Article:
No Man’s Land was derived from my previous performance work Tío Jose, which I created in collaboration with Spanish sound artist Carlos Suárez in March 2019, at Centro Negra, in Blanca, Spain. Imagining to be a medium, neither here or there, neither living or dead, I danced for the spirit of Tío Jose, who died during the Spanish civil war.
By definition, ‘no man’s land’ sits between opposing armies and is perhaps the only location where enemy troops can meet without hostility. But it can also be a terrifying place, one that holds great danger for combatants.
I interpret the phrase ‘no man’s land’ in a metaphorical, rather than literal, sense. I use the title No Man’s Land as a generic term for a sanctuary for the nameless men that are sacrificed to the ideologies of governing elites. I imagine this ownerless space as a place where we can find true humanity, outside the conflicts created by ideologies, where survivors who refuse to fight can care for one another, no matter what side they used to belong to. It is a place where men stand in their purest existence, as animals striving to survive, neither evil nor angelic.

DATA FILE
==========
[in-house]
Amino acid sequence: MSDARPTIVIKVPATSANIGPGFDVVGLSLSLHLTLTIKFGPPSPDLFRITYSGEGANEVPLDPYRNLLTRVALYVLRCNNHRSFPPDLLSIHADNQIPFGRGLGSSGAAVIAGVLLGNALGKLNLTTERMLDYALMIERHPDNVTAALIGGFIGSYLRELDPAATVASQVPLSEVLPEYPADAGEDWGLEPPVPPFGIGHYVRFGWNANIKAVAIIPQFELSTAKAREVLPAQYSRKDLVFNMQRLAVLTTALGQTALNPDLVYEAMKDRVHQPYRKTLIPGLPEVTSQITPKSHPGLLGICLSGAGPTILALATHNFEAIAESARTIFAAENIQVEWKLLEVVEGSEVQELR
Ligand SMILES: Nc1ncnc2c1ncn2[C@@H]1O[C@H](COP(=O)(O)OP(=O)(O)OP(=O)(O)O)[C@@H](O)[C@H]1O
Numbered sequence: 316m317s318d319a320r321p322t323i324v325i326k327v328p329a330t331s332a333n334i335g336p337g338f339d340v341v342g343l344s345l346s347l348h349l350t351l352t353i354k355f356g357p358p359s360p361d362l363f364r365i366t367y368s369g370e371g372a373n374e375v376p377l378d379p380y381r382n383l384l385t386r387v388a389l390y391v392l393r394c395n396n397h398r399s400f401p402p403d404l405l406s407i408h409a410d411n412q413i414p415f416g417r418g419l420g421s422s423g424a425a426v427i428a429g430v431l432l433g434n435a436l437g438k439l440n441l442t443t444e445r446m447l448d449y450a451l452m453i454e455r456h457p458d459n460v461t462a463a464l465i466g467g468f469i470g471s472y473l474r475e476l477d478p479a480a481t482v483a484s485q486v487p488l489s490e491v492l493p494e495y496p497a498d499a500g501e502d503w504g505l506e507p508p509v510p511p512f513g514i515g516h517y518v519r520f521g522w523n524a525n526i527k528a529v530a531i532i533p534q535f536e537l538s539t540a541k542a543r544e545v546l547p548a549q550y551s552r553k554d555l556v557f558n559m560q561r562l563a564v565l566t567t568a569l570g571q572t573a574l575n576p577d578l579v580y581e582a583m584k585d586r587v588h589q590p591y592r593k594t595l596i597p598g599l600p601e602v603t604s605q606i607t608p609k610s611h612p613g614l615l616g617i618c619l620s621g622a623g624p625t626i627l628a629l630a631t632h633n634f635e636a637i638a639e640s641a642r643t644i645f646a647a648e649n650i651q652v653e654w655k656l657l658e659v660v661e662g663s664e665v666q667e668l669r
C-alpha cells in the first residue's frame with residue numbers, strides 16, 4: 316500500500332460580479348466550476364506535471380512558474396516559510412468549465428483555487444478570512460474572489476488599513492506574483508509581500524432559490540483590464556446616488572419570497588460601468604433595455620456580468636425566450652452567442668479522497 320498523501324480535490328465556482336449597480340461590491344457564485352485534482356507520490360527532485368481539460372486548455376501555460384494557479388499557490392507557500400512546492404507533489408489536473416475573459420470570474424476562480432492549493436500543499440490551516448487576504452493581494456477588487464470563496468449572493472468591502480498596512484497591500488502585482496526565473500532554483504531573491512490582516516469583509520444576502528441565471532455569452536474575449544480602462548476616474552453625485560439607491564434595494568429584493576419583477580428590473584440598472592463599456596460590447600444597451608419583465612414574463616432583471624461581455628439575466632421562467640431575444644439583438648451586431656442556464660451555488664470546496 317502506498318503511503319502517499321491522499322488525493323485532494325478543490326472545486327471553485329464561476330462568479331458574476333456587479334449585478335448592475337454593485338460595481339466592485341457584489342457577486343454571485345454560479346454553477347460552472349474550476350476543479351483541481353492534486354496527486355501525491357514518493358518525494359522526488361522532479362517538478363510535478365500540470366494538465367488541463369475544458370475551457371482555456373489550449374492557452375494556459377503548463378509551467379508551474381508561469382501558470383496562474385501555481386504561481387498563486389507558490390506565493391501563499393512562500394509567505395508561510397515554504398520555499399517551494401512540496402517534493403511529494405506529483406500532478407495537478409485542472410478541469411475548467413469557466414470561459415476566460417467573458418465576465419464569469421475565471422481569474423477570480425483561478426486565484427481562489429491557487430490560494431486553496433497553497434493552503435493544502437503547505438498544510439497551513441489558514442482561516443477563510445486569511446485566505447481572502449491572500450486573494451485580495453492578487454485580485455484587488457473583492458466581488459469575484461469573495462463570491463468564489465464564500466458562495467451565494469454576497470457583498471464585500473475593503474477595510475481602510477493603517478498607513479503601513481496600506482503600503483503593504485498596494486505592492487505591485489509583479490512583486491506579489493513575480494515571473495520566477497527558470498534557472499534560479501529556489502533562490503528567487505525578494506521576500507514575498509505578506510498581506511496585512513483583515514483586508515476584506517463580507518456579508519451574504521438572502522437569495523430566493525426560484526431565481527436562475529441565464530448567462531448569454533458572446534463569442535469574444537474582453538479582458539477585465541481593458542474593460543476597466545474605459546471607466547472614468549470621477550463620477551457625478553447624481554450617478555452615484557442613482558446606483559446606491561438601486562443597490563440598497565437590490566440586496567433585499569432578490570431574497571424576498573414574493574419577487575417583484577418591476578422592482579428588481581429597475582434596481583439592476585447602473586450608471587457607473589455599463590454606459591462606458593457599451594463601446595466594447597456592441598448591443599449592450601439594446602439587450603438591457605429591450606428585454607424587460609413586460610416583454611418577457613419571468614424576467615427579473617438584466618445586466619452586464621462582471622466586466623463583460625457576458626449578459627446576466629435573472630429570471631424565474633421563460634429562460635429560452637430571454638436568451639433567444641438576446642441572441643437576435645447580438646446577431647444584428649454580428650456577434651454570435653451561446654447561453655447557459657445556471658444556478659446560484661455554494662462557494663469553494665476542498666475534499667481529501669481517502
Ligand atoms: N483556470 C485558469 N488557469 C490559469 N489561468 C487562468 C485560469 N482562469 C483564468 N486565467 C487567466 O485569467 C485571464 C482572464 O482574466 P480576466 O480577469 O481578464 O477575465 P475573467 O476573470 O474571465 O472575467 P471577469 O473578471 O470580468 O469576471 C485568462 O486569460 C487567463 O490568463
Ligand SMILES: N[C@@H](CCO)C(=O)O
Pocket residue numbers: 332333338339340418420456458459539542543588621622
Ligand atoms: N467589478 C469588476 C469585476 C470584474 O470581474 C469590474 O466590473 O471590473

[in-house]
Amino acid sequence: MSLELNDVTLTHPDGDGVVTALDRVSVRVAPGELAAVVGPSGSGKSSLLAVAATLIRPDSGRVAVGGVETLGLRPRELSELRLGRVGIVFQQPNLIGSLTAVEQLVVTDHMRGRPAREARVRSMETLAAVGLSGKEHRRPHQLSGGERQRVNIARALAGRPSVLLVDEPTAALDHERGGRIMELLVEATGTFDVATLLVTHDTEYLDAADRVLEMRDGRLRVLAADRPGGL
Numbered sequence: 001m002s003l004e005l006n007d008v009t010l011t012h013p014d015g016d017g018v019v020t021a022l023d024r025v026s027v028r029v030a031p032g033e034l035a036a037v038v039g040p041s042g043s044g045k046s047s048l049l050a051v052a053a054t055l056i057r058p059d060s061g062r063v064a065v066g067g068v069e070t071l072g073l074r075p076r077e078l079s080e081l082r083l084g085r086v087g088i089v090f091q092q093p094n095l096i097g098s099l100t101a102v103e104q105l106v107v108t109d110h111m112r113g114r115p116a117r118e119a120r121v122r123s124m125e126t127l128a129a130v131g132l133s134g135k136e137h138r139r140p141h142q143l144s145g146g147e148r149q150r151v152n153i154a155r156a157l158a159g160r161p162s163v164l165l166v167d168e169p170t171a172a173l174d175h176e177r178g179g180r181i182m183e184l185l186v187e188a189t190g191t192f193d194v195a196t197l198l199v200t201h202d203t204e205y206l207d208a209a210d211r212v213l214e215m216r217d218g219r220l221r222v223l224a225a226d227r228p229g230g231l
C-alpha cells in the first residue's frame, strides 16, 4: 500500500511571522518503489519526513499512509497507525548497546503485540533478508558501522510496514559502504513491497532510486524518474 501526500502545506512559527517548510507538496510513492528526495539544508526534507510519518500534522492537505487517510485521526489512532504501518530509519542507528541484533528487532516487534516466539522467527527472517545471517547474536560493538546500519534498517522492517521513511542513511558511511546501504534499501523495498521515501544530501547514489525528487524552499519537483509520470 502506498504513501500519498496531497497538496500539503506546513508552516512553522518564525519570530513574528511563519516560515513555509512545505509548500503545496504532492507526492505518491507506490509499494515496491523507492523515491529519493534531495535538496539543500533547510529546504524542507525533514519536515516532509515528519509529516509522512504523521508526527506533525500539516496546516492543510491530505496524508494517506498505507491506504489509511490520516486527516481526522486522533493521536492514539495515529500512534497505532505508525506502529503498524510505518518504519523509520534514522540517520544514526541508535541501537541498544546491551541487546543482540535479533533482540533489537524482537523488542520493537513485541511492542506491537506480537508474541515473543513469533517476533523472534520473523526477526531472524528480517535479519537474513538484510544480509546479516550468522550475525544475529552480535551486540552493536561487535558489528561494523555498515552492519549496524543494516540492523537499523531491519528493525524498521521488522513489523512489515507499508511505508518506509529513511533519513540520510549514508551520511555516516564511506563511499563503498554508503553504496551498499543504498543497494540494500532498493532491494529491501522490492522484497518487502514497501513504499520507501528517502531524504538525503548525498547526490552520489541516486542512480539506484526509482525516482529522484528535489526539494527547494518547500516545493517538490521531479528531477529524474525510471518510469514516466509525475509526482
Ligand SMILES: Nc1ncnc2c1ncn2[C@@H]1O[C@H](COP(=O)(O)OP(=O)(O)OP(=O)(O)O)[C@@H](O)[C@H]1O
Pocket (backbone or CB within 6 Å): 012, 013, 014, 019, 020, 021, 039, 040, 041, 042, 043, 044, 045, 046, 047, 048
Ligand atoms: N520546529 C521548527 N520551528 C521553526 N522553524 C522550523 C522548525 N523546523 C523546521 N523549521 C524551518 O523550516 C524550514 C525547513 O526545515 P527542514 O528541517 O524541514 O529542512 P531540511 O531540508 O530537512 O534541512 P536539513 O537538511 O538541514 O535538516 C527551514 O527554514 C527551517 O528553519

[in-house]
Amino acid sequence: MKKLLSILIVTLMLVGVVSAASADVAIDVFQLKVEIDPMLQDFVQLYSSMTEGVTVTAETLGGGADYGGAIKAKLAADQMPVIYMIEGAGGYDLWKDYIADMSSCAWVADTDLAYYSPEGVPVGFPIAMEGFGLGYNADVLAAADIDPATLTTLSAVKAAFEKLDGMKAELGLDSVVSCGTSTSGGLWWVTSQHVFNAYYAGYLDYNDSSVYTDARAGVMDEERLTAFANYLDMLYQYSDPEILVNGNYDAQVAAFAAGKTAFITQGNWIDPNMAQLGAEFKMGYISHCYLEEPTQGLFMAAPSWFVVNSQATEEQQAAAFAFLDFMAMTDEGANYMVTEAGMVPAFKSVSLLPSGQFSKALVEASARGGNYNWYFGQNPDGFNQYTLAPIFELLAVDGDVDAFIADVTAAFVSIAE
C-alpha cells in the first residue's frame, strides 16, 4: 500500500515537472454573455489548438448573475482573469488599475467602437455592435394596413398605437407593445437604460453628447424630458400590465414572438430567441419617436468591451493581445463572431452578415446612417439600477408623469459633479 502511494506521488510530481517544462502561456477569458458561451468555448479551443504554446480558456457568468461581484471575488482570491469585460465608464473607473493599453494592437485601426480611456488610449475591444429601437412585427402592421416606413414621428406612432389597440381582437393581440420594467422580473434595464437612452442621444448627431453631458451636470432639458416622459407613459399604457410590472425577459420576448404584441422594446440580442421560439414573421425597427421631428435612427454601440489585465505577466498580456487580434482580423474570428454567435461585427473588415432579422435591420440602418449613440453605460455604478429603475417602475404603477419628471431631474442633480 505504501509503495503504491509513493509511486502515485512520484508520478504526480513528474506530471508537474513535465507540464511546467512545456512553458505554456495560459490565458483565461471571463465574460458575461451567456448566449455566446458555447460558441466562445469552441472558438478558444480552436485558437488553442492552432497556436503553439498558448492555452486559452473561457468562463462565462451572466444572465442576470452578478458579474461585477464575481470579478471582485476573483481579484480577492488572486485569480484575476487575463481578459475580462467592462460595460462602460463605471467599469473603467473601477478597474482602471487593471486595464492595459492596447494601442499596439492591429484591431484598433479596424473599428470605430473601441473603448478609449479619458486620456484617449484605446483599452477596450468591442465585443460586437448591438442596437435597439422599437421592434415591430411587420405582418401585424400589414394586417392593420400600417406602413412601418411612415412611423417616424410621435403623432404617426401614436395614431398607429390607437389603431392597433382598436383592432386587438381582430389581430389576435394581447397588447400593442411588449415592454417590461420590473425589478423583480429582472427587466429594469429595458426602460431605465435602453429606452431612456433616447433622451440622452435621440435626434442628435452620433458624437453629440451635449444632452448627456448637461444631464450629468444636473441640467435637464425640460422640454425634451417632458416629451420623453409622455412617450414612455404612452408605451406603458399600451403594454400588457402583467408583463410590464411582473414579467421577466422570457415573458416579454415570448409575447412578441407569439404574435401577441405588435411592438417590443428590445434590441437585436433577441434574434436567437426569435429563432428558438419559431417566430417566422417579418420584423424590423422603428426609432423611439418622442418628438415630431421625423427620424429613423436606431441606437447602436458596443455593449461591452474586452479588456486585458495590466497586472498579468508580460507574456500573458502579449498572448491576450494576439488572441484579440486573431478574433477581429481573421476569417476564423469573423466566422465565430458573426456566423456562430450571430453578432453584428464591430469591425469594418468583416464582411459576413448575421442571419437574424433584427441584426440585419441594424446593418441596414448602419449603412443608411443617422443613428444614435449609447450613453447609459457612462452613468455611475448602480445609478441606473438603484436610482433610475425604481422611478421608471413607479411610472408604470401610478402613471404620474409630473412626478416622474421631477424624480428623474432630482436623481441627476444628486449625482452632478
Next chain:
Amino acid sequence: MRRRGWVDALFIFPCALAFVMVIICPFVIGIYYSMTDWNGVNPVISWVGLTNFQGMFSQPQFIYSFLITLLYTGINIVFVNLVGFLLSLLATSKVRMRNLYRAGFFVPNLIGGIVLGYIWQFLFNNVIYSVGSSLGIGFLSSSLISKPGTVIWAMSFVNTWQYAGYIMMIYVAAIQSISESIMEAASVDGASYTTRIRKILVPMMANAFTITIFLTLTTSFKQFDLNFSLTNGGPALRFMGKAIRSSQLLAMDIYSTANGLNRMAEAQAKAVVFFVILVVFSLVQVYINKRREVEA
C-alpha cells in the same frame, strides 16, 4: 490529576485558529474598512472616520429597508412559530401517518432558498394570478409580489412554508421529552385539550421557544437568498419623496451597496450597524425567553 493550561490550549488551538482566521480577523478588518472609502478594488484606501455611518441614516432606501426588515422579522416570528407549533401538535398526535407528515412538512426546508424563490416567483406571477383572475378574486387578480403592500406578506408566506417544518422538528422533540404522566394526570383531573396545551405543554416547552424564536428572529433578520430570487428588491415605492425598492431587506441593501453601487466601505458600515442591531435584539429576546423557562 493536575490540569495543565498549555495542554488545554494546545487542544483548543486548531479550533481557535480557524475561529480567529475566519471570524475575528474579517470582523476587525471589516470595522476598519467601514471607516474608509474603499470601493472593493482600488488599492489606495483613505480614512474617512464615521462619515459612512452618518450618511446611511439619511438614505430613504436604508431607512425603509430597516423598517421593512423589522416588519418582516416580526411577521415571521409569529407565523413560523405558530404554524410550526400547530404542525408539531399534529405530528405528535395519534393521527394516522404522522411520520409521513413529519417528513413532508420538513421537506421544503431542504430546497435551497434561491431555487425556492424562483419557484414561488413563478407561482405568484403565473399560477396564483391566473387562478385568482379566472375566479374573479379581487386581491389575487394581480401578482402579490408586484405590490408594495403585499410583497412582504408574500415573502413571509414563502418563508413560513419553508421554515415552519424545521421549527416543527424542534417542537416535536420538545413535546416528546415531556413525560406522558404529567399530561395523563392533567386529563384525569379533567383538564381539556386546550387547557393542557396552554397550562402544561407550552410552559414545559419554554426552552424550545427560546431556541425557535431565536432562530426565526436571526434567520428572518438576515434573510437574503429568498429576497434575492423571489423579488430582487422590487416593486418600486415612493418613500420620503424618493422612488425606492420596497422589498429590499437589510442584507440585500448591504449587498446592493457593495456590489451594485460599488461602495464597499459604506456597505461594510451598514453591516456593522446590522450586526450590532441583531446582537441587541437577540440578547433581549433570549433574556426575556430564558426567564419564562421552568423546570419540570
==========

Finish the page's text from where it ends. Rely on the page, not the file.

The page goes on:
In order to articulate these thoughts, I create series of site-specific performance, merging dance and sound art. For the first segment of No Man’s Land, I focused on sound because it was created for the Üle Heli Sound Art Festival in Estonia. However, for the future work, I intend to emphasize movement as much as the sound.